Monday, September 30, 2002

From a Lover to a Friend

When I entered the fourth grade my Mom made me take piano lessons. Made might be a tad harsh a description- I had heard my sisters play the piano when I was growing up and always kind of wished I could do the same. But with the skills of a newt I knew I didn't have my sisters' natural talent (they've grown up to be college professors and soon to be attorneys and writers with masters degrees) so I sometimes cursed my fate underneath my breath as I was learning to play those grueling scales that I was told I had to learn before I could learn any actual songs. Driving me home from lesson and frustrating lesson Mom told me that once I learned how to play well enough to sight read and play the songs I wanted to play I would be glad I stuck with it. I don't know if she ever knew how right she ultimately was.

The disappointment continued on for a bit longer however as I found myself practicing "Twinkle Twinkle Little Star," and a painfully slow rendition of Beethoven's "Fur Elise" when I really wanted to be playing "Mandy" and "Rhinestone Cowboy." Then one day I pulled out a book of Lennon and McCartney sheet music and tried to teach myself "Yesterday" and "Michelle." Soon my forays into practicing the Beatles in place of Bach and Beethoven frustrated my teacher, Mrs. Good, who somehow could tell I wasn't spending the necessary time on my lessons. Learning the Beatles songs inside out added to my enjoyment of my discovery of their wondrous music.

I don't know how I would have made it through high school if I hadn't found the Beatles. For every rush of invading intense emotion and heartbreak I endured and the discouraging soap opera I had somehow found myself involuntarily right in the middle of there was a Beatle song to offer encouragement. "Your day breaks/your mind aches/you find that all her words of kindness linger when she no longer needs you..." or "Many times I've been alone and many times I've cried/Anyway you'll never know the many ways I tried..." could have been my senior yearbook quotes (and maybe they were I just don't remember and don't care to look them up).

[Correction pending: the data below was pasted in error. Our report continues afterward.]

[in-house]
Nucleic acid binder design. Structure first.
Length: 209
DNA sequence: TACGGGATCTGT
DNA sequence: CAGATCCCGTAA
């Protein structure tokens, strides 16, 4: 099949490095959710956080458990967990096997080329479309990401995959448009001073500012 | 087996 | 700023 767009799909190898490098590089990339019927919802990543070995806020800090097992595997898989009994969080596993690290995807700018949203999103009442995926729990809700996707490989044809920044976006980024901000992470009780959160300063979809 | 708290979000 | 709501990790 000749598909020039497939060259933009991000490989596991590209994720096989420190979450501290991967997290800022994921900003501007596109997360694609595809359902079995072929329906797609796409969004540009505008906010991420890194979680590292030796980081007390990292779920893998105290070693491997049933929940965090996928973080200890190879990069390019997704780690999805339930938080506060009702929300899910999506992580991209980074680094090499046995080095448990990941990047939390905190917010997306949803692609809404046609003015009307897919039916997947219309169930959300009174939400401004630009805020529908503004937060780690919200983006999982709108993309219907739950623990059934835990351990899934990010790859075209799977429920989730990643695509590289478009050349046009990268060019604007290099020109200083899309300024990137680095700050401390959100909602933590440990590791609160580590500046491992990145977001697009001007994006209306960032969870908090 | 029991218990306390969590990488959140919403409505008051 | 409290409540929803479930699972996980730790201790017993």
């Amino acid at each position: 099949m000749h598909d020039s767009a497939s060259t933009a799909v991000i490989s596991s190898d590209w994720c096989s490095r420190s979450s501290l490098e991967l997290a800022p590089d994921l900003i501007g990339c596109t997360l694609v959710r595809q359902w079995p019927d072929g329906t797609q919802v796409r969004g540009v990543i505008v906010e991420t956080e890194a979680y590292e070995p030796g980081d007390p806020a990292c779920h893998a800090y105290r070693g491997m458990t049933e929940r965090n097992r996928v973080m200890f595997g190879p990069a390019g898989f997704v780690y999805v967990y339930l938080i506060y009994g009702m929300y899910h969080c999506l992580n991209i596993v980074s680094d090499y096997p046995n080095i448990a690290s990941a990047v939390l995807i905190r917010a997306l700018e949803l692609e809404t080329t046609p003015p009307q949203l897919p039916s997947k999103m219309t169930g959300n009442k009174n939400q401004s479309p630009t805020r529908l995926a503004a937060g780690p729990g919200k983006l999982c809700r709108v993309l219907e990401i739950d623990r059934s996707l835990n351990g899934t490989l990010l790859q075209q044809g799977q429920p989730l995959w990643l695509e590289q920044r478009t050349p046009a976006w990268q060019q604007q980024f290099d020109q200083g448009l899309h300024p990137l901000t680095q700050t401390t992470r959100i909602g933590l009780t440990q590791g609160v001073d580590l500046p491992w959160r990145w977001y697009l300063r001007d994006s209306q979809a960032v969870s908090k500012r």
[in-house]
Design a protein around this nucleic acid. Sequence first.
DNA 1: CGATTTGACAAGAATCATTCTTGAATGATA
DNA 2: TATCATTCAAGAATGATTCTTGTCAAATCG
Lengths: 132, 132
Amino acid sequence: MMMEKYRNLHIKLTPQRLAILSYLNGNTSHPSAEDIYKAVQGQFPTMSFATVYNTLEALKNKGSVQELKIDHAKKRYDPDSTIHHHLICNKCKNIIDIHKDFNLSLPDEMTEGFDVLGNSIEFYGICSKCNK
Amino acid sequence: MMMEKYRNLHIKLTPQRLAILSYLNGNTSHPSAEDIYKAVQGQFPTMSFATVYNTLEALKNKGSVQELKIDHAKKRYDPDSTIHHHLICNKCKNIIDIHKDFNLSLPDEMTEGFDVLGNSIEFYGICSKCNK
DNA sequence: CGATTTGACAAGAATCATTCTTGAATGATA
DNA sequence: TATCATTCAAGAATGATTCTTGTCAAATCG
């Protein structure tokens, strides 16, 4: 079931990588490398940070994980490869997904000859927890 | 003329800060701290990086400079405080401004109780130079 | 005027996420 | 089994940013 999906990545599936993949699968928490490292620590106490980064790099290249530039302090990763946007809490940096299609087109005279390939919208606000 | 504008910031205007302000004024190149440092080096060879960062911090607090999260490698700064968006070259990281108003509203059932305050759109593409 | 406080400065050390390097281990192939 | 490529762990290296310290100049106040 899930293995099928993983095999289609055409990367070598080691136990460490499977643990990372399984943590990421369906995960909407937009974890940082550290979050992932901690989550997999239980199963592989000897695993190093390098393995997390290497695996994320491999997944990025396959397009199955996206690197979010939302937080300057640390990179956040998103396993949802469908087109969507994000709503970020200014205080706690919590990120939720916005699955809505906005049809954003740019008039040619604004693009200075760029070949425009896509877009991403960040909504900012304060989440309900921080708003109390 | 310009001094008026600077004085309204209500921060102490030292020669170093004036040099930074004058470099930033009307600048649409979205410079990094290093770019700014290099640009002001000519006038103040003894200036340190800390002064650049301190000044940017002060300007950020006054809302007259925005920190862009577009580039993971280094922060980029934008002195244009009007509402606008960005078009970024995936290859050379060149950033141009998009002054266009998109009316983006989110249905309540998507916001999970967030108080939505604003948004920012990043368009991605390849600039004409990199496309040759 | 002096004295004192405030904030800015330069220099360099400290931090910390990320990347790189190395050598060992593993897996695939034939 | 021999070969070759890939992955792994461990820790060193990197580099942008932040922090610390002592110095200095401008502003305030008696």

I remember a sunny spring day late in my junior year when Paul McCartney's Tug of War came out and I bought it the day of its release. It was Paul's first solo record since I had become a Beatles fan and his first music since the death of his partner John Lennon. I plopped the LP on my turntable and lie down on my bedroom's green shag carpeting studying the liner notes and lyrics. I liked the ambivalence (something not usually a part of McCartney's songs) of the title track and the way it neatly segued into the second song the sublime "Take it Away." I remember looking at the picture of Paul writing on notepad while seated at a coffee table and for the first time thinking to myself that the paralyzing personal decision facing me, where to go to college, didn't seem so overwhelming anymore. I'm not sure why.

By the time my record player's needle hit the fifth track, the Lennon tribute "Here Today" I realized I had never been so moved by any music I had ever heard before. Aspiring/dreaming/fantasizing becoming a writer myself, it was one of the finest examples of a writer using something intensely personal and creating a universally inspiring message- expression not as a task but as a necessity. Instead of writing about things in the Lennon/McCartney relationship that all Beatle fans were familiar with, Paul wisely chose to write about little personal moments and sing the song directly to John (with a bit of a wobble in his voice). It's one of the rare moments in McCartney's career where he really nakedly opens his heart and because it is so rare it makes the song all that more touching.